Portuguese painter Paula Rego, became part of the London Group in 1965, was shortlisted for the Turner Prize in 1989 and became the first Associate Artist of the National Gallery in London in 1990. Her work is strongly influenced by folk and fairy tales, especially those of her homeland.
So I was left with my grandmother and my grandfather in Lisbon... in a flat, but it had a garden. You go... went down some steps and there was this... this big garden with chickens in it. And Lucia, who looked after the house, was the maid there and she... she looked after the chickens, looked after all of us. And in that house, in that magical flat which I shall never forget, because I loved being with my grandmother, there lived my grandfather when he was home, because he went out a lot. He was very... and his own father, very, very old — bisavô — who was bald. And that was it. And my great-grandfather lived at a... in a room at the end of a corridor where he was surrounded by saints because he was some kind of lay monk or something. And he had a oratório. What is that? That’s a kind of... a cupboard full of saints. What... Wooden carved things? Yes, or I don’t know what you call... what you called that. And they... he had this in his room, a huge one packed with saints in there. And he just lived in there and all he did was write prayer books. And he prayed. And then they would say, ’Look out, here comes great-grandfather’. And he had a potty. My dear, the potty was as tall as a chair, so that he didn’t have to bend down very low. And he’d crap in there and then he’d bring it across, down the corridor, to empty it in the bathroom. And they’d say, ’Look out, look out, here comes great-grandfather’. And I was supposed to run into the library or something and... ‘cause he’d come down and empty it and take it back again. And that was... I’ll never forget that. He also had a brother, Miguel, that used to cut his teeth and scare me, you know, when I was a kid. I was very little; I was like one and a half, to two. And he used to scare me. And they used... used to play cards with my great-grandfather, so it was a wonderful place. It had a pig that moved its head in... not a real pig, a toy that moved its head in the dining room and it had... it was a magical place. I loved being there with my grandmother; she was very kind and cosy and my grandfather spoilt me a great deal, which I loved and... until my parents came back. When I was three they returned. I didn’t know who the hell they were... didn’t know who the hell they were. And yet my grandfather had kept a diary of all the time I’d stayed with him and used to send it off to Chelmsford and... saying, everything that I’d done. I don’t know, I’ve never read it. I won’t read it; I can’t bear to read old letters. But that... so the... then they took me away; they found out I had TB, the beginning of TB, so we left Lisbon and we went to Estoril, up the coast, to a house that my parents hired, a big house. And that was in 1938.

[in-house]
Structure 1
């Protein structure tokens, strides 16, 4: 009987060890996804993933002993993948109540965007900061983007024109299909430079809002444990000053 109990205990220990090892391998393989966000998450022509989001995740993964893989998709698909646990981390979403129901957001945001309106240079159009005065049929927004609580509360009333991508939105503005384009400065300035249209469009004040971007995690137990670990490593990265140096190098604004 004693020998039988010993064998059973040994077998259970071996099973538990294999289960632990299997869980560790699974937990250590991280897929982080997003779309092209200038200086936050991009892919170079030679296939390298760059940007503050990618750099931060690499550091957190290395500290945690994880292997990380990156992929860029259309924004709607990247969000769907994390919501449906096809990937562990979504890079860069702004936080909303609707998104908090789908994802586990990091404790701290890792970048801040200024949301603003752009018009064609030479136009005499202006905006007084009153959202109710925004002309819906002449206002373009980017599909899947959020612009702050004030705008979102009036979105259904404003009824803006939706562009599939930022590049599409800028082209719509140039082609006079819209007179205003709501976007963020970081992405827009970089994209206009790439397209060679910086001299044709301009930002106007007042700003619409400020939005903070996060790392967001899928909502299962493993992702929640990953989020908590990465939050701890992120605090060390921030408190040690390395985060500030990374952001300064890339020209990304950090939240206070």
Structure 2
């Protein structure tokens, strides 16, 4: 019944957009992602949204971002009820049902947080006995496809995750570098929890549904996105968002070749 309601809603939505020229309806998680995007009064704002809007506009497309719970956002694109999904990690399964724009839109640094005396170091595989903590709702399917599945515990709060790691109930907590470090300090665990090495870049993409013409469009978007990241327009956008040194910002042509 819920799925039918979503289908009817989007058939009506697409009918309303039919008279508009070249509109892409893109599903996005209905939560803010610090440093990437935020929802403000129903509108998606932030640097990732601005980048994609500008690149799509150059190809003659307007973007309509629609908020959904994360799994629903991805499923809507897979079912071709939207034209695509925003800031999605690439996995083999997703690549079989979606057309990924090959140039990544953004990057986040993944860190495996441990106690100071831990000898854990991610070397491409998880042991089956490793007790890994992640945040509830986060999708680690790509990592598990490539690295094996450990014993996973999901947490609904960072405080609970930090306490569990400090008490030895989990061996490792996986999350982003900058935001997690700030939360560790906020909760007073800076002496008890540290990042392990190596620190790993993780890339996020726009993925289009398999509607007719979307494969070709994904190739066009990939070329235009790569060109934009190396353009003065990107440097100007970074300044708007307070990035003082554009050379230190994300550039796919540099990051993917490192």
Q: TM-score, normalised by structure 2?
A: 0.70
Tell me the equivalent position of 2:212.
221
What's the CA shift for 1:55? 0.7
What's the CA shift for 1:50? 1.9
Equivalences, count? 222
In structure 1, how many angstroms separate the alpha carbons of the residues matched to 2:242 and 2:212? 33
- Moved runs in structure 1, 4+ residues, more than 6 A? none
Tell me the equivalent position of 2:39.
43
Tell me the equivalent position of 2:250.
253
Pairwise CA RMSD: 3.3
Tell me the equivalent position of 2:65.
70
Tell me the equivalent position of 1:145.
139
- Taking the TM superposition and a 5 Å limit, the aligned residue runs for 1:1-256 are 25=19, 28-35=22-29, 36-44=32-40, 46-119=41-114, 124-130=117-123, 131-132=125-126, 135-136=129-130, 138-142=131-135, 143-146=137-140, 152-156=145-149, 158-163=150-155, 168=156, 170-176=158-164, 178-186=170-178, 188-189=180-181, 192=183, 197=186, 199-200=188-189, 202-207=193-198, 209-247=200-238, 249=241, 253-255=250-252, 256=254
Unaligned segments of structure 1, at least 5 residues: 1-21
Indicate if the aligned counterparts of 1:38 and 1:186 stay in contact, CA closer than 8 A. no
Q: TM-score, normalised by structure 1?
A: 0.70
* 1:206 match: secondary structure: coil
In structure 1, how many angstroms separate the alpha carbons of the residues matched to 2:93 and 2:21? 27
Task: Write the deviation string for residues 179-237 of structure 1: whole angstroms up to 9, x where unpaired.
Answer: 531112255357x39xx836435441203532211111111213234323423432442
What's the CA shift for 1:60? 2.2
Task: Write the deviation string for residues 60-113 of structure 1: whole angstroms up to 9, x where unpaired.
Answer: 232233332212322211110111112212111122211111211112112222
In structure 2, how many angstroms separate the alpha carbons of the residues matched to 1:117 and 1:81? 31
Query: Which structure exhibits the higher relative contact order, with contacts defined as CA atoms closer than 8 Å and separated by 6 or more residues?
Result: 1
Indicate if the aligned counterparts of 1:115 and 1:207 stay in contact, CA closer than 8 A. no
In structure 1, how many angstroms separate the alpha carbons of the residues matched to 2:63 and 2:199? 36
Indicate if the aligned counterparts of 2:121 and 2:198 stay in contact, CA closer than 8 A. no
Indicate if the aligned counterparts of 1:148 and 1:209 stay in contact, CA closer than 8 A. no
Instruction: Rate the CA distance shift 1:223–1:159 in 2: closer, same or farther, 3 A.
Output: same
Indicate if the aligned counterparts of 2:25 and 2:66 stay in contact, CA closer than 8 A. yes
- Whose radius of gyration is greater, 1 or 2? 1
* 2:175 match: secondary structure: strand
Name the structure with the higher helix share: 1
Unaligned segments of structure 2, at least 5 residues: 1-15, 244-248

Catherine Lampert is an independent curator, art historian and Visiting Professor at the University of the Arts. She was director of the Whitechapel Art Gallery (1988-2001) and has been a model for Frank Auerbach since 1978. Her recent projects include exhibitions of Rodin (Royal Academy 2006) and Lucian Freud (Dublin, Denmark and The Hague 2007-2008) as well as a book on Francis Alys (Turner Libros) and a catalogue raisonné of Euan Uglow's paintings (Yale University Press 2007).